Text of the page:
At a certain age, every child wonders what's inside his or her ears. The bold ones ask to look. Being a softy, I usually acquiesce, then prepare to wince as the speculum pokes me in a sensitive spot. Sometimes I tease the children about what I see inside - elephants, or bunny rabbits - but they know I am kidding.
If I want to really explain what's inside, I have to draw a picture. I show how the ear hole winds its way in; how it ends in a tiny circle of paper-thin skin called the ear drum, and how behind the ear drum there is a little pocket of air called the middle ear. I draw a tube leading from the middle ear to the back of the nose, and explain how it's a good thing that air can get in and out through the tube. What's not so good is that viruses and bacteria can make their way up the tube and set up housekeeping in the middle ear. The medical term, otitis media, simply means middle ear infection.
With my picture to point at, I can go on to explain why it is that getting water in the ear doesn't cause middle ear infections. The ear drum is waterproof, like all skin, as long as there isn't a hole in it. Water can wash in and out all day without bothering the middle ear. (But the skin in the canal that leads to the ear drum can become infected if it stays wet for too long - a condition called otitis externa, which usually gets better with ear drops.)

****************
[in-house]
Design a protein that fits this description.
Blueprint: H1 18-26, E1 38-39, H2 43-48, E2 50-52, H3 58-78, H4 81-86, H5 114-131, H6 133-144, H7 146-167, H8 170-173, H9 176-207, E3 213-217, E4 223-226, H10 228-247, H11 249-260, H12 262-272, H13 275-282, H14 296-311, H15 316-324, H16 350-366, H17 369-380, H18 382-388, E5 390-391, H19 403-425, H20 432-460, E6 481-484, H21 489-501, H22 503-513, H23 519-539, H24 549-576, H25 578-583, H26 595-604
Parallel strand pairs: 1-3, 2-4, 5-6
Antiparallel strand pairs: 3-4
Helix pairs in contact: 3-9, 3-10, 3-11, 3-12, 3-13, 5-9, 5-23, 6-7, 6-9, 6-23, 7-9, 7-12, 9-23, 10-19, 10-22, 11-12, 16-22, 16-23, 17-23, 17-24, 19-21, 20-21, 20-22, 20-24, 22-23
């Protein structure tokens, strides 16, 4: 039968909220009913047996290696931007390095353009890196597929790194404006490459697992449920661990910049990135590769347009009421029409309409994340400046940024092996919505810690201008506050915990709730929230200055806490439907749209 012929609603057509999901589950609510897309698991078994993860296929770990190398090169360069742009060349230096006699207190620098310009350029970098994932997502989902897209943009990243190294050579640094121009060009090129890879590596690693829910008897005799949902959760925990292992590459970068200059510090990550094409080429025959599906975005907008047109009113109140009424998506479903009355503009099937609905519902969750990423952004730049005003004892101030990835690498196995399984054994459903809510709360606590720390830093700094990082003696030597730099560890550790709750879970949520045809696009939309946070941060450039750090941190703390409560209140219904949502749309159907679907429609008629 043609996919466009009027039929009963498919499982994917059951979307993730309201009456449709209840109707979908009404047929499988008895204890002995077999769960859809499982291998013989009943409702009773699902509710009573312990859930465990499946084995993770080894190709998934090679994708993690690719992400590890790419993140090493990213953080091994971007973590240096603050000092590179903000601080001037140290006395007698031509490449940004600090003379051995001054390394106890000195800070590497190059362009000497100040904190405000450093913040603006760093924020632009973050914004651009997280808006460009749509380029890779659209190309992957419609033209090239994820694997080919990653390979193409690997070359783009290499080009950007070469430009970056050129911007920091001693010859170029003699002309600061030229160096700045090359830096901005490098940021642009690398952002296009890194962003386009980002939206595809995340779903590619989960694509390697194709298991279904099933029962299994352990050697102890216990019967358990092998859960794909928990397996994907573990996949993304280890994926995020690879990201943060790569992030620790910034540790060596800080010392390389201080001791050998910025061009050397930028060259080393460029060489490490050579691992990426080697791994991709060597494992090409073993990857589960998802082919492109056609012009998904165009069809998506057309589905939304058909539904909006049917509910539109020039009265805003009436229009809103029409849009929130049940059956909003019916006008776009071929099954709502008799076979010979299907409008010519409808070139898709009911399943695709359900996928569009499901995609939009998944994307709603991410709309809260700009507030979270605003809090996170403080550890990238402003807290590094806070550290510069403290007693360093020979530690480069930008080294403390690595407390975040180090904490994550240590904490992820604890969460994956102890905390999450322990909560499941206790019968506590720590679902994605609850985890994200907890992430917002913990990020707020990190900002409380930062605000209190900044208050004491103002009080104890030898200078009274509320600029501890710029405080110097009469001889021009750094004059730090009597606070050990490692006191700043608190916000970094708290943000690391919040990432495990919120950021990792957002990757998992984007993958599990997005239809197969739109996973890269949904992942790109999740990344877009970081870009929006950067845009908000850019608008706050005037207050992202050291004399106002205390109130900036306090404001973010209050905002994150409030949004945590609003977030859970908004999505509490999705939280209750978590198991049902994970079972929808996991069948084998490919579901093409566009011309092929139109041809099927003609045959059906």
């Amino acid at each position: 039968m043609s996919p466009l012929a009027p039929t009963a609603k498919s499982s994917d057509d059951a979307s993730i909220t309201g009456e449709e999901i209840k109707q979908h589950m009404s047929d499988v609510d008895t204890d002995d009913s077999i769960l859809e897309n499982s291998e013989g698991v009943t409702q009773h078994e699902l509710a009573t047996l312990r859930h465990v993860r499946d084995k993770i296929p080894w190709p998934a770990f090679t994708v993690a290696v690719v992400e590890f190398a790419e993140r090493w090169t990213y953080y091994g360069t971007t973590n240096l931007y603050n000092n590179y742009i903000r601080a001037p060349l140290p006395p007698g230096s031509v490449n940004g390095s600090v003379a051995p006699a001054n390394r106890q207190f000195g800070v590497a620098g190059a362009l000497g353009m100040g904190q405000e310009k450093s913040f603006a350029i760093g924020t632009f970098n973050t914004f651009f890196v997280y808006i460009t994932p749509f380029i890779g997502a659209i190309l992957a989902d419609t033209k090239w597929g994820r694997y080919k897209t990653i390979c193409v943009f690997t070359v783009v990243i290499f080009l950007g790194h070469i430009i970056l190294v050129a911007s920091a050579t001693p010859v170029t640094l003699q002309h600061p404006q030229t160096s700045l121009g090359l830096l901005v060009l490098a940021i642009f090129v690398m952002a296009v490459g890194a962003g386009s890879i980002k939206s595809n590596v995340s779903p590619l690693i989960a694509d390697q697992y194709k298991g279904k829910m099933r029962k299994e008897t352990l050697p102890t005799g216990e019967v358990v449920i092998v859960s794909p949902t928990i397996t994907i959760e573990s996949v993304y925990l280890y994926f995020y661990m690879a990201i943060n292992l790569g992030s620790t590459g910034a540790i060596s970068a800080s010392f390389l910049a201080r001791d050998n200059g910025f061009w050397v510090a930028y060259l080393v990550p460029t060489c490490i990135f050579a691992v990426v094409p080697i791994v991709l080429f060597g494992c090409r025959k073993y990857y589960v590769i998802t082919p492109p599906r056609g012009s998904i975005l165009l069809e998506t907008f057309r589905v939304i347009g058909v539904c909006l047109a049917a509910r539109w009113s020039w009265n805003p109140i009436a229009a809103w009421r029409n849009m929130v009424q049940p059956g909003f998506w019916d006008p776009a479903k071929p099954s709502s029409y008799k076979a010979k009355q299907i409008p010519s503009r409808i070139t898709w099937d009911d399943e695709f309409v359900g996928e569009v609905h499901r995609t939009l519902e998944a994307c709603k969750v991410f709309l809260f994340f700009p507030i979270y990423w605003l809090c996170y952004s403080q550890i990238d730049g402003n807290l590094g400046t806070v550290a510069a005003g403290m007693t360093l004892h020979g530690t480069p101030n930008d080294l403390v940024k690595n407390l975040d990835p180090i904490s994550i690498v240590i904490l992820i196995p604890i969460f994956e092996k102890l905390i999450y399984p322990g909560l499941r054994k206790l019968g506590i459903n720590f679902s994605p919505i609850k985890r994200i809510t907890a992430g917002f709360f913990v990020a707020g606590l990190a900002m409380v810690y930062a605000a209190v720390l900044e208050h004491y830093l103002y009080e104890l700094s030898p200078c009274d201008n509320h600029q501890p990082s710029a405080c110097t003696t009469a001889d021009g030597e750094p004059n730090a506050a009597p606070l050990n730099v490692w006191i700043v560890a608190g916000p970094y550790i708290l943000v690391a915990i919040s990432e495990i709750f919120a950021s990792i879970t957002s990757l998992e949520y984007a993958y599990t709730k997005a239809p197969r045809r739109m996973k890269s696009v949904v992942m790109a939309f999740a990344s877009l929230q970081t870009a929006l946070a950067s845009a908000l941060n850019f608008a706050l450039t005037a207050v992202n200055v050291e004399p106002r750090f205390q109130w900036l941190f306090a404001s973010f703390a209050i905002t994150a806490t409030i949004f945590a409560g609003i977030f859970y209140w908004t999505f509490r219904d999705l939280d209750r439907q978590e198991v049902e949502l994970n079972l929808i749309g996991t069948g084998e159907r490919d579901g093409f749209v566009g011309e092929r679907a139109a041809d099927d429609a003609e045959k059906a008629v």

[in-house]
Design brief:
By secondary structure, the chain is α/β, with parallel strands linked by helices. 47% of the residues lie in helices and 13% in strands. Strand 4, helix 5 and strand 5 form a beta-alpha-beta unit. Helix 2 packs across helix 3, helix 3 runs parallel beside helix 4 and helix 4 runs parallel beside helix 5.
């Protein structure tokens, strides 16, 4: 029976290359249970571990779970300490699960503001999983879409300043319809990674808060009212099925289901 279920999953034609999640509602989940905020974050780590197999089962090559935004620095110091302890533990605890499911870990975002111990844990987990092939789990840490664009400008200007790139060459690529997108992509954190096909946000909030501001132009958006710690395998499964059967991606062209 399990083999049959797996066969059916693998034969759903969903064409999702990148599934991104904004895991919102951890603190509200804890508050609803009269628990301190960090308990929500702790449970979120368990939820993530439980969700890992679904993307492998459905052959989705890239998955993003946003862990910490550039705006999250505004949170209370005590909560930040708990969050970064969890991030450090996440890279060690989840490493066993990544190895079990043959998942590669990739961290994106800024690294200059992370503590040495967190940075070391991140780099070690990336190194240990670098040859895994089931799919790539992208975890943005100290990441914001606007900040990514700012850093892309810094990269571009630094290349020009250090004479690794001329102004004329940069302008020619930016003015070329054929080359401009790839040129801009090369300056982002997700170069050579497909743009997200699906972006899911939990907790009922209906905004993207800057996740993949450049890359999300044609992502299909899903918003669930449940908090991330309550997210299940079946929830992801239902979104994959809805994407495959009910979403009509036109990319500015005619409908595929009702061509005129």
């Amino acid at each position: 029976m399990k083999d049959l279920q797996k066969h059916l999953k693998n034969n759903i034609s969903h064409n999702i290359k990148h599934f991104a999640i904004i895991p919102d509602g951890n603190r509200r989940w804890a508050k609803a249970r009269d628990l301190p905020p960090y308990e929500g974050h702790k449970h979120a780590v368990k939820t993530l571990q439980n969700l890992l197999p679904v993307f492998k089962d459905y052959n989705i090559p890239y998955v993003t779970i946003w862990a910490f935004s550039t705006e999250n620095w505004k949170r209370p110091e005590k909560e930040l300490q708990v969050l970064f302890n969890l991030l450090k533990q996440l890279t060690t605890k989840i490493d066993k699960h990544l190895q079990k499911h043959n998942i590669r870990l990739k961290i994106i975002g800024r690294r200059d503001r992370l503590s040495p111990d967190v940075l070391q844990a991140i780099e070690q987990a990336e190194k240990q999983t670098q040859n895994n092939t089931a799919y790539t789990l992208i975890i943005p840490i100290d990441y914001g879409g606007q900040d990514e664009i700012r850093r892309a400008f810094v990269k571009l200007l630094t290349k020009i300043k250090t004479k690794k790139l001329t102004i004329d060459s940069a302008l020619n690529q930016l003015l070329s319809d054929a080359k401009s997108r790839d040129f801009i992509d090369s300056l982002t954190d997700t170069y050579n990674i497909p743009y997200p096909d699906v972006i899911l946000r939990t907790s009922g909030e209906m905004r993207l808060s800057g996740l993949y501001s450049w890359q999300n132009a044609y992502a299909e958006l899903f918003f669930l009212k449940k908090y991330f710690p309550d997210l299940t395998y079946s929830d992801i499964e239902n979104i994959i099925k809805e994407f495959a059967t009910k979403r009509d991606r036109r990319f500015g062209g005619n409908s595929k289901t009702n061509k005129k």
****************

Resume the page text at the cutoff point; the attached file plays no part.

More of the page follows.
I can also explain how I can usually tell if there is fluid behind the ear drum (the drum bulges outward and refuses to move back and forth when I puff air at it). What I can't tell is whether the fluid has germs growing in it. The only way to tell for sure is to poke a needle through the ear drum, and send a sample of the fluid to the lab.
When researchers have done that, they have found that most ear infections are caused by viruses. Only about a third are caused by bacteria. The antibiotics used to treat ear infections only kill bacteria; they don't do anything to viruses. We've also learned that most ear infections - even the ones caused by bacteria - will go away by themselves, without any long-term harm. Overuse of antibiotics leads to antibiotic-resistant bacteria. On the other hand, antibiotics do often bring about quicker improvement in children with ear infections caused by bacteria.
The decision of whether or not to use antibiotics for an individual child's ear infection is one that the parents and I make together. I supply the data: what I have seen inside the ear, and the benefits and risks of antibiotics. The parents make the call, based on what's best for their individual children and families. Working as a team, we usually end up doing the right thing.